At Heydays, we believe that companies who genuinely build their businesses upon environmentally and socially sustainable values will have the most successful brands of tomorrow. In other words, we think for-profit companies can and should be built on more than just financial values. And we’re beginning to see the results in those who do.
There’s a radical change taking place in the market right now. In part triggered by the climate crisis, we’re currently witnessing a break-through in both environmentally and socially conscious brands. The companies behind these brands are motivated to take a stand and raise their voice in current and often problematic topics related to their field of business.
Turning beliefs into branding
Companies founded on these kinds of values and principles are indeed better suited to create more engaging content and build deeper relations with their customers. In addition, we’d argue that they are better equipped to meet new needs, they have more thriving company cultures, and they help fuel the public dialogue.
Studies imply that a staggering 86% of consumers expect companies to take a stand for social causes.
And we’re backed by research. Consumers choose brands that align with their own values and principles. Studies imply that a staggering 86% of consumers expect companies to take a stand for social causes. And they’re supporting that stand with their purchases. Meanwhile, people wouldn’t care if 77% of brands disappeared, which makes us believe something is wrong in how companies are approaching their audience. The potential for brands matching this need is huge!
Woke-washing won’t cut it
Unfortunately, we see woke-washing everywhere. Countless companies market themselves as more conscious than what they can live up to. More gay, more organic, more feminist, more balanced, more transparent, more diverse, more whatever fits this week’s news cycle. They’re undermining the industry from the inside, hijacking causes and selfishly blurring the public conversation. It threatens sustainable values as believable brand assets.
Luckily, consumers are mostly quick to call bullshit on companies pushing baseless messaging. Especially younger generations experience distrust in brands. The majority (56%) think that companies, in general, are less committed to a social cause than they claim.
Finding your roots — and proving them
So let’s say your company has one or more values that extend beyond the financial. How do you turn them into a tool?
- Embed it into your culture
From an outsider’s perspective, your company’s visual identity can look friendly, modern, playful, bold, you name it. But it’s your internal company culture that forms your heart and soul. That’s where the values, visions, ambitions, and ideas lie. In the end, a brand is only as strong as the humans it represents.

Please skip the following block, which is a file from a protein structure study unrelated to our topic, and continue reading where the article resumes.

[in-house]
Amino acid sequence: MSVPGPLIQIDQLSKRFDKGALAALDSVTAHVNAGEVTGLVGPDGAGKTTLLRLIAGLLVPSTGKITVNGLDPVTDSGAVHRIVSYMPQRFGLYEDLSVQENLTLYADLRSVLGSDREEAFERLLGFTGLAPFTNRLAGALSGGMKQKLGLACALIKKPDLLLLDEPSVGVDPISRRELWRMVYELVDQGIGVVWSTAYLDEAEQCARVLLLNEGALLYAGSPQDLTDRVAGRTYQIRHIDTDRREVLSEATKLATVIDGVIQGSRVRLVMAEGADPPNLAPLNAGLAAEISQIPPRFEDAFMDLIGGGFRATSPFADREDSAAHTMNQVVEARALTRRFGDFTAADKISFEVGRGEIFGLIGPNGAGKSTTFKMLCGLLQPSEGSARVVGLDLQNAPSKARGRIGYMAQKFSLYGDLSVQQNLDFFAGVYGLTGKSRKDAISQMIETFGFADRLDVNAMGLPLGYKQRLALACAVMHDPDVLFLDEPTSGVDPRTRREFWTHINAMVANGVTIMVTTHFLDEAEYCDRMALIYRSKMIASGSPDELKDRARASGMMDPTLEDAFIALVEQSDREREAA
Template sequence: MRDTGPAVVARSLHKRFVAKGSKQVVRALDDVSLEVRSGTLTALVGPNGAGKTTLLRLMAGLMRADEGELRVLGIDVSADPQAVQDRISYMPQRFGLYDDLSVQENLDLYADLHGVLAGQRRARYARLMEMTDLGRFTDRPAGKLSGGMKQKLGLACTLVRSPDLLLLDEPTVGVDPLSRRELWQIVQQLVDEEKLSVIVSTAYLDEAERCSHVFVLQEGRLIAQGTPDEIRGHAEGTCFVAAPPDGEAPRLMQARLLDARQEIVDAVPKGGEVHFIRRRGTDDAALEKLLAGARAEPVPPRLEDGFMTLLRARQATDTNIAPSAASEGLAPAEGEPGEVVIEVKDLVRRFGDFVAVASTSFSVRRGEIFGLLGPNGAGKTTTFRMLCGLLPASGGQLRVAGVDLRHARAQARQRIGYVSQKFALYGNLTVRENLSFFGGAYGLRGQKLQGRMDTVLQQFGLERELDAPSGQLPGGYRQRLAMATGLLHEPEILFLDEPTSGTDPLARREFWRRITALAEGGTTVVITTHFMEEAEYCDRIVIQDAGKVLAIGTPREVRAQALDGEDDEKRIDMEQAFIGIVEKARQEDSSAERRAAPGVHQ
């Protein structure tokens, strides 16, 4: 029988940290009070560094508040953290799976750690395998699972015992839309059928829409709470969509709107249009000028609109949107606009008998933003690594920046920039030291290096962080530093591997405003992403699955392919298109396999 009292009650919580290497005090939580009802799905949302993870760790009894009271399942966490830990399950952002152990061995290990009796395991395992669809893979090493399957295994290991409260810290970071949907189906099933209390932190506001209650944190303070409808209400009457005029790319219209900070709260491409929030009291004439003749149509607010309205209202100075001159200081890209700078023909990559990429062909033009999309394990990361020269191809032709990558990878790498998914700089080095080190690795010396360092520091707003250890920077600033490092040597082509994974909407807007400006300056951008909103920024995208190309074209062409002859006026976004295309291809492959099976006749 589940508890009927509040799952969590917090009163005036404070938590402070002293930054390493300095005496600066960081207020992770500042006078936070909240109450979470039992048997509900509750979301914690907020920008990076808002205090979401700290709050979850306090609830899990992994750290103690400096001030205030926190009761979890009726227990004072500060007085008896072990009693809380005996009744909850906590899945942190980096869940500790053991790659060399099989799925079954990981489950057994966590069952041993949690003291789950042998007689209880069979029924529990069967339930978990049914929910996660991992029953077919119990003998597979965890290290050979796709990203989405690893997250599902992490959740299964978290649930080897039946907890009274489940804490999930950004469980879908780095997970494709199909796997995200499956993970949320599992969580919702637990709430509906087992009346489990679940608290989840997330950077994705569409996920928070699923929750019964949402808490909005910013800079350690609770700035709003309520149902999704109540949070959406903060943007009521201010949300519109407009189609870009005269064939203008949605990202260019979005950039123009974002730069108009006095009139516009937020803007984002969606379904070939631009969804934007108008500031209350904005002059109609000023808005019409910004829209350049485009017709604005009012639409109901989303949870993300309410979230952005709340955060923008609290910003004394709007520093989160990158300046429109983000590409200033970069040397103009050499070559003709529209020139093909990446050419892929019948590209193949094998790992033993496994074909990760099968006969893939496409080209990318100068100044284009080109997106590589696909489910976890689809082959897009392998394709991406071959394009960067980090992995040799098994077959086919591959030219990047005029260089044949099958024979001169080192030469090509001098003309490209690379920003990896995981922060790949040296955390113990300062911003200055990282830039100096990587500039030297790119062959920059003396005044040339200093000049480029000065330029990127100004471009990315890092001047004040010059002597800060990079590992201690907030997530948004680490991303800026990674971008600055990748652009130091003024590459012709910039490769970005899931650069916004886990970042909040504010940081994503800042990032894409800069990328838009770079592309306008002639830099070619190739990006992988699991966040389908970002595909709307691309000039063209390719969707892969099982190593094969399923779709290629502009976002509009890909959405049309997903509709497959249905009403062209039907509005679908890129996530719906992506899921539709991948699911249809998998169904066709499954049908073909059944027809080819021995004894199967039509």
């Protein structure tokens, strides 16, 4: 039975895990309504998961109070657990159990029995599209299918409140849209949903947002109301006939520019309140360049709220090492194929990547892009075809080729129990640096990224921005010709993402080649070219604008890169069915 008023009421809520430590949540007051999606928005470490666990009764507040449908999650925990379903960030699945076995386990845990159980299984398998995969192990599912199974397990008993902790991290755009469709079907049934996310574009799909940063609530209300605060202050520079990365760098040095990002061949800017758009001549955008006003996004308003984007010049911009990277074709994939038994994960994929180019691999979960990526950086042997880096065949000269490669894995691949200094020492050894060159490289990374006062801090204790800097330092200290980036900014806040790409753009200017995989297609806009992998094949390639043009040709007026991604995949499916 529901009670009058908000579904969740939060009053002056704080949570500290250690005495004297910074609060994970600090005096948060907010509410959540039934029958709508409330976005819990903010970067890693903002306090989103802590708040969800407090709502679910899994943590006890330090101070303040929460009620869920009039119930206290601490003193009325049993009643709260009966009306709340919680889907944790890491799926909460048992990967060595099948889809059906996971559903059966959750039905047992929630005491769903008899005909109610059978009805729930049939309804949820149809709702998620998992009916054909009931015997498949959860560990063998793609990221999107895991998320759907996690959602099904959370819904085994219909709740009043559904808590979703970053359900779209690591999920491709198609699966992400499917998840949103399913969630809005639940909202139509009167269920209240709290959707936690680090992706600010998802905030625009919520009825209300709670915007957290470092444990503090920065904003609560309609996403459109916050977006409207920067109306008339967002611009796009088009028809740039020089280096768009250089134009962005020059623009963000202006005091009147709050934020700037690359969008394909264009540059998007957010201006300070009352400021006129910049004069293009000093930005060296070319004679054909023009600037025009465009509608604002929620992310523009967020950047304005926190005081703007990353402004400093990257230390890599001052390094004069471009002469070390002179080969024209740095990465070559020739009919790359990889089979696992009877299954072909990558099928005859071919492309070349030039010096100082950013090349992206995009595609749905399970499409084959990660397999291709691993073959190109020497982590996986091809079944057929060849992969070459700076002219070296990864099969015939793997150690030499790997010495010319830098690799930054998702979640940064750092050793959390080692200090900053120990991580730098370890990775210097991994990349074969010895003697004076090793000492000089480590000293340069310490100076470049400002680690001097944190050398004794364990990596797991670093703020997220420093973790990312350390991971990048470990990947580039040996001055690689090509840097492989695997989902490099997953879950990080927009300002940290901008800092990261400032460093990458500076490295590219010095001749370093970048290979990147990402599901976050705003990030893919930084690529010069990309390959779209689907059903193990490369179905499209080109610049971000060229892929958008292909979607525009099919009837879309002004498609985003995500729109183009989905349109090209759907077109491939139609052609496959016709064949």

- Make it a feature of your product
If you’re manufacturing car tires, don’t base your marketing on feminism. Your ultimate proof of purpose should be baked into your products. When Whereby takes a stand against unhealthy working conditions, it’s logical. Their beliefs align with the nature of their product (a video conferencing solution that lets you work from wherever suits you best).
- Turn it into action
People are bombarded by advertisements and messaging from companies everywhere they go. Most of us have grown to ignore it or distrust it. Furthermore, people have absolutely no interest in taking the time to “get” your brand. To prove commitment and break through the fuzz, deeds are better than words. The key is not to make promises, but keeping them. Over and over again.
- Stand behind it
If you stick your nose out, you’ll probably get some unplanned attention. You might even have to spend precious time dealing with troublesome individuals, while it also might not, in the beginning, convert as many customers as you’d have hoped. But if you care enough about it, you’re ready to take that risk. It’ll probably be worthwhile in the end.
- Make sure it fits an audience
You’re most likely a for-profit company, so let’s admit it. Enough of your audience must share your beliefs. The messages your brand is putting out must align with the values of a good portion of your customers. But if they do, your customers will reward you with loyalty and promotion.
At Heydays, we love authentic, good-hearted brands as much as consumers. Companies that are committed to increasing wellbeing and genuinely want to add something good to society are by far the most rewarding clients we work with. That’s why we started Goods, a new venture focused on environmental sustainability in consumer goods and packaging. And we keep developing Heydays to be the leading design and brand specialist for do-good-for-profit brands.
Recently we worked with the great people at Whereby. Upcoming: An article about how we helped redefine their brand and how they want to inspire people to get out of the stressful, efficiency-focused life we all tend to live.
Design Director at Heydays